Odds are that if you read my blog, you also read either perl6 weekly or the perl foundation blog, in which case you already know that my grant application has been accepted. Yay! I should really have blogged somewhat earlier about that, but I've been very busy the last few weeks. But for clarity, that means I start working on the MoarVM JIT compiler ('expression compiler') on the 14th of June, and I hope to have reached a first milestone 5 weeks later, and a number of 'inchstones' before that.

In the meantime, I have just merged a branch that timotimo and I worked on to JIT-compile a larger number of frames containing exceptions. That caused some problems because, as it turns out, there is more than one way to throw and catch exceptions in MoarVM. To be specific, catching an exception sometimes means invoking a handler routine and sometimes means jumping to a specific point within a frame. To make matters more confusing, sometimes that means we descend in the stack (call from our current frame) and sometimes that means we ascend, and sometimes we just jump around in our current frame. And to top it of, perl6 (as one of the few languages I know of) allows you to resume an exception, like so:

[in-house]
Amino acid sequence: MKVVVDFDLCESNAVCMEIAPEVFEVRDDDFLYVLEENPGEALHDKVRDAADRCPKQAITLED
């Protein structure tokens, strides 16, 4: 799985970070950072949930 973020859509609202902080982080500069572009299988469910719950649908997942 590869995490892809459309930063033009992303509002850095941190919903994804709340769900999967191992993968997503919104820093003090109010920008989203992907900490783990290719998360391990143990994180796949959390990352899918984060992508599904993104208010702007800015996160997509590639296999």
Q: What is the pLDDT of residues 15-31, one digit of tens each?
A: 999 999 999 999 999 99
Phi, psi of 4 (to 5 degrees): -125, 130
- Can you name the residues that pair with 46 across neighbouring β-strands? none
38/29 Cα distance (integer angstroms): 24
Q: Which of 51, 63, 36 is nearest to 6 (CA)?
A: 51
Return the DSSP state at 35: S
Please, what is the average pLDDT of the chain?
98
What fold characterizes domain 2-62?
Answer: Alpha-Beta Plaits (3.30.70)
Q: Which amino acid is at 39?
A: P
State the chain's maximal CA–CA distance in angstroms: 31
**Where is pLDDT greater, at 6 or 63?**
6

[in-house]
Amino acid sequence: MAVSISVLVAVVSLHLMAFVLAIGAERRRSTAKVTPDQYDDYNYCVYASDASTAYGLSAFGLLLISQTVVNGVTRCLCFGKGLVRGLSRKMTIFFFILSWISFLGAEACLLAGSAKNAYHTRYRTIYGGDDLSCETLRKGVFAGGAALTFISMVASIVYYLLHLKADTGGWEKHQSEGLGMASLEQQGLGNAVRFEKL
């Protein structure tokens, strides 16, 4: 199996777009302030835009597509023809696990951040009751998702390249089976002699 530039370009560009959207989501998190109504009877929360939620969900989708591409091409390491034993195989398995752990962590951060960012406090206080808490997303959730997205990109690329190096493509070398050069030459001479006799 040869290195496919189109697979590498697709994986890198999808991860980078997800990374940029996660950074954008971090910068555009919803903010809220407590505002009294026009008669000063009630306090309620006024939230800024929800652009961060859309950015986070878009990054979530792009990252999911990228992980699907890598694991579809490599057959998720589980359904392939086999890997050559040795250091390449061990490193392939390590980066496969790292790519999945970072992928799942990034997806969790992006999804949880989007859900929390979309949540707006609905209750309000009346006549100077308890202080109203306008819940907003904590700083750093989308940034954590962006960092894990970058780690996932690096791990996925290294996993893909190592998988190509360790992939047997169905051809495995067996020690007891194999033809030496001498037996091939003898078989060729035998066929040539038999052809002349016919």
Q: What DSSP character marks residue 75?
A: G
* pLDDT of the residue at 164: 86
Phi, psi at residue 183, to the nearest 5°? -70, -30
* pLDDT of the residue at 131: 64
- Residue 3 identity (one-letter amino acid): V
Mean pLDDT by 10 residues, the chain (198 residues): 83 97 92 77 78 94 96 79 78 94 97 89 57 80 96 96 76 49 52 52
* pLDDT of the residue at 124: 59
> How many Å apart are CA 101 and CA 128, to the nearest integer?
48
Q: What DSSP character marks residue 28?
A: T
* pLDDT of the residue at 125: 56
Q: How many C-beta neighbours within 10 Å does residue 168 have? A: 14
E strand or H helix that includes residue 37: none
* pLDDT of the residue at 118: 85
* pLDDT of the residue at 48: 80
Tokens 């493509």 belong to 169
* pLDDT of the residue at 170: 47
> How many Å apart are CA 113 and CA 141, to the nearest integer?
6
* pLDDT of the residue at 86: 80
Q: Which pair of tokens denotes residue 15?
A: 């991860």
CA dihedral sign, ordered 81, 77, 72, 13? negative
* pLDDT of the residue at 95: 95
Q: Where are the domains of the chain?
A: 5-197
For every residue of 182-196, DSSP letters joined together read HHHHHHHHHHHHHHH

sub foo() {
    try {
        say "TRY";
        die "DIE";
        say "RESUMED";
        CATCH {
            say "CATCH";
            default {

loop (my int $i = 0; $i < 500; $i++) {

There is no question to me that this is super-cool, of course, but it can be a bit tricky to implement. For the JIT, it meant storing a pointer to a label *just* after the current 'throwish' operation in the exception body. (A 'throwish' op is a VM-level operation that throws exception and thus causes flow control to jump around relatively unpredictably. This is also why (some) C++ programmers dislike exceptions, by the way). This way when an exception is resumed the JIT trampolining mechanisms will ensure that control is resumed where we left off. Unless of course we have jumped to a handler in the same frame, in which case we jump there directly. And because timotimo has implemented the auxiliary ops that come with exception handling we can now JIT quite a few more frames.

Anyway, there are two reasons this post has it's name. The first is of course that I'm still busy finishing this study year for a final week, which is stressful in itself. And the second reason is that I've started reading up on articles concerning JIT compilation and code generation. A short list of these include:
Finally, I've submitted a talk proposal to YAPC::EU 2015 to discuss all the interesting bits of JIT compilation. I hope it will be accepted because (I think) there is no shortage of interesting stuff to to talk about.


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